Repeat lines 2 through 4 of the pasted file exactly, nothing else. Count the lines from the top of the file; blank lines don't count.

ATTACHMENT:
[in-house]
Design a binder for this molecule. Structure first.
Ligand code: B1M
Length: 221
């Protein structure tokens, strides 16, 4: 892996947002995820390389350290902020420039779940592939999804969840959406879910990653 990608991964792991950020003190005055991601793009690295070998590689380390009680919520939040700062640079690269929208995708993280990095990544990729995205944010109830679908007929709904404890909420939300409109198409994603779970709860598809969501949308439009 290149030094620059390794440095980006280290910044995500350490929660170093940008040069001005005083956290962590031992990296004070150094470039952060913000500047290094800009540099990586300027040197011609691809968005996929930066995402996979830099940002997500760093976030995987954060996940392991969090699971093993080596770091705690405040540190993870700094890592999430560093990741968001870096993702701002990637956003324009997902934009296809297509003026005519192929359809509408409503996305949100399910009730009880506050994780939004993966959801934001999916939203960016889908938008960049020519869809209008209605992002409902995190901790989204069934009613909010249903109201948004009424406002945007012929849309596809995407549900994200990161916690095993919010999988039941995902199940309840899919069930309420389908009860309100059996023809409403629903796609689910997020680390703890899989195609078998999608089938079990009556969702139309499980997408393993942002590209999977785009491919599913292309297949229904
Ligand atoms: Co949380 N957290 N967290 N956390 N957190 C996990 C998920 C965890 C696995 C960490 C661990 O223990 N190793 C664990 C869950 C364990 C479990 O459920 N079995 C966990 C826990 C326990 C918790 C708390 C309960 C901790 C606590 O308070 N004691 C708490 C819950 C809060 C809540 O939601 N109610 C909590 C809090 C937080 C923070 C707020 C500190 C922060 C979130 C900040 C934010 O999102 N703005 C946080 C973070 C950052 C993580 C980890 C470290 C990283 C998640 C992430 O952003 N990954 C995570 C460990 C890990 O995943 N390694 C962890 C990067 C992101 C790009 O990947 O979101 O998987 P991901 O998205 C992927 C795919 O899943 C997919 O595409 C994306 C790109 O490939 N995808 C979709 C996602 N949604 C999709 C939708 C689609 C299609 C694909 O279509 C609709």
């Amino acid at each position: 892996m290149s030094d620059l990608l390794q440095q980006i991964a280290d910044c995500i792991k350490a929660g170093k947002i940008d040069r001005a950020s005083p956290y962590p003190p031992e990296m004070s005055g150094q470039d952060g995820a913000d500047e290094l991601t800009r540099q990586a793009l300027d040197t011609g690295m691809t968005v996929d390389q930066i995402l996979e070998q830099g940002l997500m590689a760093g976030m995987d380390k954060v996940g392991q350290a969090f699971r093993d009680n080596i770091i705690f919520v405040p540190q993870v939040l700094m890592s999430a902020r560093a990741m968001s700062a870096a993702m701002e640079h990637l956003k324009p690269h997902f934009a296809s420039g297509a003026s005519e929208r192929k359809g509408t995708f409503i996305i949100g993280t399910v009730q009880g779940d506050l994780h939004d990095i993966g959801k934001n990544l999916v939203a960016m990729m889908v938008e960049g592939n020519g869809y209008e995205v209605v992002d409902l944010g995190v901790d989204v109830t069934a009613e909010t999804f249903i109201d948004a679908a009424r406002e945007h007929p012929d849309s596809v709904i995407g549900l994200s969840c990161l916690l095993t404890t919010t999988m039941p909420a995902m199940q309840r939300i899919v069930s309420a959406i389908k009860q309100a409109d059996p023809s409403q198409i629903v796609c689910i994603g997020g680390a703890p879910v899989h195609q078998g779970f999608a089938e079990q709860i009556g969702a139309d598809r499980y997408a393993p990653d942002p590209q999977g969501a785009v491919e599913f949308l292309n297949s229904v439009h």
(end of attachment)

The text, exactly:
Design a binder for this molecule. Structure first.
Ligand code: B1M
Length: 221